I called them back. The phone call Taxation & Revenue was a “courtesy call.” (I would hear this phrase several times in the next 20 minutes. In other words, I should be grateful. I was not grateful.) The “problem” was that over the last 12 years (specifically since 2006), I had ignored 79 letters from them telling me that I was filing my gross receipts wrong. While I am prone to exaggerate in order to make a story better, I would not have the nerve to make up a number that big. Thinking I had misheard, I asked the employee making the “courtesy call” to repeat this several times. Yes, I heard it right: 79 letters.

Everything about this was insane. “I’m sorry,” I said to the government worker who was clearly following a written script, “there is no way I have ignored 79 letters. To what address have you sent these 79 letters?”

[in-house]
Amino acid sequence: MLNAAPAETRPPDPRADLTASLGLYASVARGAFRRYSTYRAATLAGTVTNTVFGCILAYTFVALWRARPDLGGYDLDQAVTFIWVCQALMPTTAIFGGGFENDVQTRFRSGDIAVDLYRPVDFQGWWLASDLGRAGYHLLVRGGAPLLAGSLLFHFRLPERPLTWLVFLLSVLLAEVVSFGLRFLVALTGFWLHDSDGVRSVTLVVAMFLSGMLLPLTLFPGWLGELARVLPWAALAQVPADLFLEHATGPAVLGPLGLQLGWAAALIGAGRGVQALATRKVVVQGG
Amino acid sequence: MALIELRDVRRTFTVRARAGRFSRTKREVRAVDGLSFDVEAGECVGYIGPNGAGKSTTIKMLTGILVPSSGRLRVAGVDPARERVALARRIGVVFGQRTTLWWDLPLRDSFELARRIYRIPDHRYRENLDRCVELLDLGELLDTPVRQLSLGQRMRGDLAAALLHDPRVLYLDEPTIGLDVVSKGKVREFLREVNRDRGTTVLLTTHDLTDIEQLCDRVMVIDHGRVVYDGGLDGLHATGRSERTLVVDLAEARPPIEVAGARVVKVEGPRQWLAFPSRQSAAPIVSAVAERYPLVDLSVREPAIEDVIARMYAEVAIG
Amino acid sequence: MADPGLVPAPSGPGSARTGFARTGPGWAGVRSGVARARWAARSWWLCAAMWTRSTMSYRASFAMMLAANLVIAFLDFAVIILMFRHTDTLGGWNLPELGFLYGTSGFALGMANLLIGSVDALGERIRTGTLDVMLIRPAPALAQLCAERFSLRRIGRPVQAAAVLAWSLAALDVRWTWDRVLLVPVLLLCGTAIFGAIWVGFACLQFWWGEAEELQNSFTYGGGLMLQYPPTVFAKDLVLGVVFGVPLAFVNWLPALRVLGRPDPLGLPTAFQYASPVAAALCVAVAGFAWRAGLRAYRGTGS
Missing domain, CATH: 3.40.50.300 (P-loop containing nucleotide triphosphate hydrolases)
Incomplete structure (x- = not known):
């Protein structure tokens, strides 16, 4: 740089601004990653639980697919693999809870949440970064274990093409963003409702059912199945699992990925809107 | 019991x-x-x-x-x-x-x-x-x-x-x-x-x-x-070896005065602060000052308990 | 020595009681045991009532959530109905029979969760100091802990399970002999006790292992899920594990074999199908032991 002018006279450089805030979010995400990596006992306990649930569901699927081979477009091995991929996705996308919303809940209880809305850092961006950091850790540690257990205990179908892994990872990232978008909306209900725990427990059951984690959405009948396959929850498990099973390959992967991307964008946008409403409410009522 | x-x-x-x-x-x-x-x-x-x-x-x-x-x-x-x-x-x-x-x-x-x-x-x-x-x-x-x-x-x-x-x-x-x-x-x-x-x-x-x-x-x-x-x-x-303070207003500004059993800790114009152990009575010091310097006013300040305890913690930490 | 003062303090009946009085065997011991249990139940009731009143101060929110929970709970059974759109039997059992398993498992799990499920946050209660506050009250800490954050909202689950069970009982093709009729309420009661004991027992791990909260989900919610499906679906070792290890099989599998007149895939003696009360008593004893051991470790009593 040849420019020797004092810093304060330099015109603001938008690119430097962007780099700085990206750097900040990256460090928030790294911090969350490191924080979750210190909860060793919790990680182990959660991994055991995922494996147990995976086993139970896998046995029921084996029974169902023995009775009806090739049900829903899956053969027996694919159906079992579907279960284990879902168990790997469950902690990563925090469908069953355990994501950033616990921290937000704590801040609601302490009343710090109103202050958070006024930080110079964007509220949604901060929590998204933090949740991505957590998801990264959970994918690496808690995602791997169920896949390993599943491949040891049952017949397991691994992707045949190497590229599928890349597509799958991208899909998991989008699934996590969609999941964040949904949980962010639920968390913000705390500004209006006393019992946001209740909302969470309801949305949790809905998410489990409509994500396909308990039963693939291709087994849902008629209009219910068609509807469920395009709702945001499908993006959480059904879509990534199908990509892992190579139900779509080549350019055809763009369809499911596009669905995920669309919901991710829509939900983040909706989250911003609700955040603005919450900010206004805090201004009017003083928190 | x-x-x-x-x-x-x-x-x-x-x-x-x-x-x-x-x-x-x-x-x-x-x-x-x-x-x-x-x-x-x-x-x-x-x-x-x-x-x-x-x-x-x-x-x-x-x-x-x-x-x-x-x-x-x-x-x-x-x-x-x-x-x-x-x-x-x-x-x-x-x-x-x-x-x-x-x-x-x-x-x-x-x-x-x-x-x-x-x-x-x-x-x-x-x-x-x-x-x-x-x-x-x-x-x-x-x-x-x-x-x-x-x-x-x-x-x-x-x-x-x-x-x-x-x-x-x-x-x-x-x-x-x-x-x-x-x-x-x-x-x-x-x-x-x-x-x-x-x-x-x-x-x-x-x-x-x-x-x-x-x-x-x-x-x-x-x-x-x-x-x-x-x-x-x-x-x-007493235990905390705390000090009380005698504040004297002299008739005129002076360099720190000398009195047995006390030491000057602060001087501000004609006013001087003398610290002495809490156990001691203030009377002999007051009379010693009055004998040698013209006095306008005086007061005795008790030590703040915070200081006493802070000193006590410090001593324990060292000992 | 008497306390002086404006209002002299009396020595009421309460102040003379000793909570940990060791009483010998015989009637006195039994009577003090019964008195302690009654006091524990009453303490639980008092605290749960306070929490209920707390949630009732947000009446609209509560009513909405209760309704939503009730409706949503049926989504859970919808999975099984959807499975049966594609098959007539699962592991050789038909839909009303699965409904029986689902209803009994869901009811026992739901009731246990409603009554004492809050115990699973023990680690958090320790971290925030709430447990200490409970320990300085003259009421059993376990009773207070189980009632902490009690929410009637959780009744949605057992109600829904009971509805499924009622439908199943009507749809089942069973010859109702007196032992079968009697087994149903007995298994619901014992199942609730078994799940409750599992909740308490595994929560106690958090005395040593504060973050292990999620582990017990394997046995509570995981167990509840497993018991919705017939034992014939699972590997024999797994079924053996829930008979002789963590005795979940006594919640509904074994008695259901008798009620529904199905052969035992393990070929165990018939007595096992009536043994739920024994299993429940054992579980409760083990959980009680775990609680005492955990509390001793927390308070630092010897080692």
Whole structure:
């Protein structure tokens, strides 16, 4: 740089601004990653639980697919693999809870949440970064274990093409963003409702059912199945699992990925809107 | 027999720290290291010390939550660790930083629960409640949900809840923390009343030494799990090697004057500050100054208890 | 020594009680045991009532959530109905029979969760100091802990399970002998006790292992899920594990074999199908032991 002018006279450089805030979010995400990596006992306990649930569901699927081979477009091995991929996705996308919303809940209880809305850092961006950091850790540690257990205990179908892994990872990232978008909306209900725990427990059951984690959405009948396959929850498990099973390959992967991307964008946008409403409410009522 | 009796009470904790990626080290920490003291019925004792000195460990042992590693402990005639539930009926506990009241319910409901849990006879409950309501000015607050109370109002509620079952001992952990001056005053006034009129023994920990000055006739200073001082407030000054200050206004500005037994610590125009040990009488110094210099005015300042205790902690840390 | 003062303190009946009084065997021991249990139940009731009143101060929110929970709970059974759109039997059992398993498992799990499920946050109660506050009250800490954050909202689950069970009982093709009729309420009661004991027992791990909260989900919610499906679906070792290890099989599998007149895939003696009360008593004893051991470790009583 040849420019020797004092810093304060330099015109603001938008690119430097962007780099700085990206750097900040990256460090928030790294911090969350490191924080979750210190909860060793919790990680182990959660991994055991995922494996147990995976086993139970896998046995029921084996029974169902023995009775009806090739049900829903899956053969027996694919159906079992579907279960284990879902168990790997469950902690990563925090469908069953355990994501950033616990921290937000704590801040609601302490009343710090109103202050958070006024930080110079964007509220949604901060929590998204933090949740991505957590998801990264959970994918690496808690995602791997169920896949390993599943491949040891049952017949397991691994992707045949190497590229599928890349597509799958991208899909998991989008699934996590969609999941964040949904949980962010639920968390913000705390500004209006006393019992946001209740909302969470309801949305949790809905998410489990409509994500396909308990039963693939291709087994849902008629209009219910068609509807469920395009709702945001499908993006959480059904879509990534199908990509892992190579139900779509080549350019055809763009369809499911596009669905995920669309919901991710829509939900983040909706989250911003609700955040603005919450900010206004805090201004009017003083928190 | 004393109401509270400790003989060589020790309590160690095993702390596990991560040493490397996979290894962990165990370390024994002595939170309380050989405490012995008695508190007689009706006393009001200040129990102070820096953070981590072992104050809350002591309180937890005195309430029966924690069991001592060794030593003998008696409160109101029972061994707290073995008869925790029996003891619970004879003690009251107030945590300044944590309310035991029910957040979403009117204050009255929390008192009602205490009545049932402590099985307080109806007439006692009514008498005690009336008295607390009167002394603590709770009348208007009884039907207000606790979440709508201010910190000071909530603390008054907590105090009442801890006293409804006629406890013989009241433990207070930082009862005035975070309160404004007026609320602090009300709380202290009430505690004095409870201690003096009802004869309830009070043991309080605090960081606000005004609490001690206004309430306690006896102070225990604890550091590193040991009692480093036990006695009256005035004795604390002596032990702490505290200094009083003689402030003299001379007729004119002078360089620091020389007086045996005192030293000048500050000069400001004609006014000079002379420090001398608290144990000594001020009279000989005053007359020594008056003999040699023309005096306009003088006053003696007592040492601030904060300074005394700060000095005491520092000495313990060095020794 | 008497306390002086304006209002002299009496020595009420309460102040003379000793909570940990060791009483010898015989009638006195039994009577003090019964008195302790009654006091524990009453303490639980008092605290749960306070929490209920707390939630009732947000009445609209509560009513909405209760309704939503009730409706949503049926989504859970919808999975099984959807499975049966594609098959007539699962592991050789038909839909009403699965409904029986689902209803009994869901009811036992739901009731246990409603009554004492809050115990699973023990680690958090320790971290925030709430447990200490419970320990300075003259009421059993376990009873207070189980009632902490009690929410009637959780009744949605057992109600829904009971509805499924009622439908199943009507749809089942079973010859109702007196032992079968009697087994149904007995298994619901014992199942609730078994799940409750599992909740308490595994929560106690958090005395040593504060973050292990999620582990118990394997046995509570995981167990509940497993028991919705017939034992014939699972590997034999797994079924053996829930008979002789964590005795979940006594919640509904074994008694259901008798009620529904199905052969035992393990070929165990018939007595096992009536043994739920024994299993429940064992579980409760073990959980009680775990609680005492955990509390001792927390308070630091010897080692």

It was the wrong address, of course. A place that we have not lived since 2005. And yet they had managed to send notices of our audits to the right address. At this moment, the red line had not just been crossed; I was beginning to totter off the edge of reasonable and polite behavior.

Two days later, my computer crashes. As one might imagine, tech support is not helpful. Or supportive.

The next week involved time dealing with the computer and several phone calls and meetings with our accountant (that this whole thing happened during income tax prep time only added insult to injury.). I may have won my three audits, but now I have to pay someone to fix my problem going back a dozen years.

On Friday afternoon of this trying week, I received this voice message on my phone, “This is the IRS. You have been named in a tax evasion and fraud suit. Do not ignore this message. You must call this number immediately before you are arrested and thrown in jail.”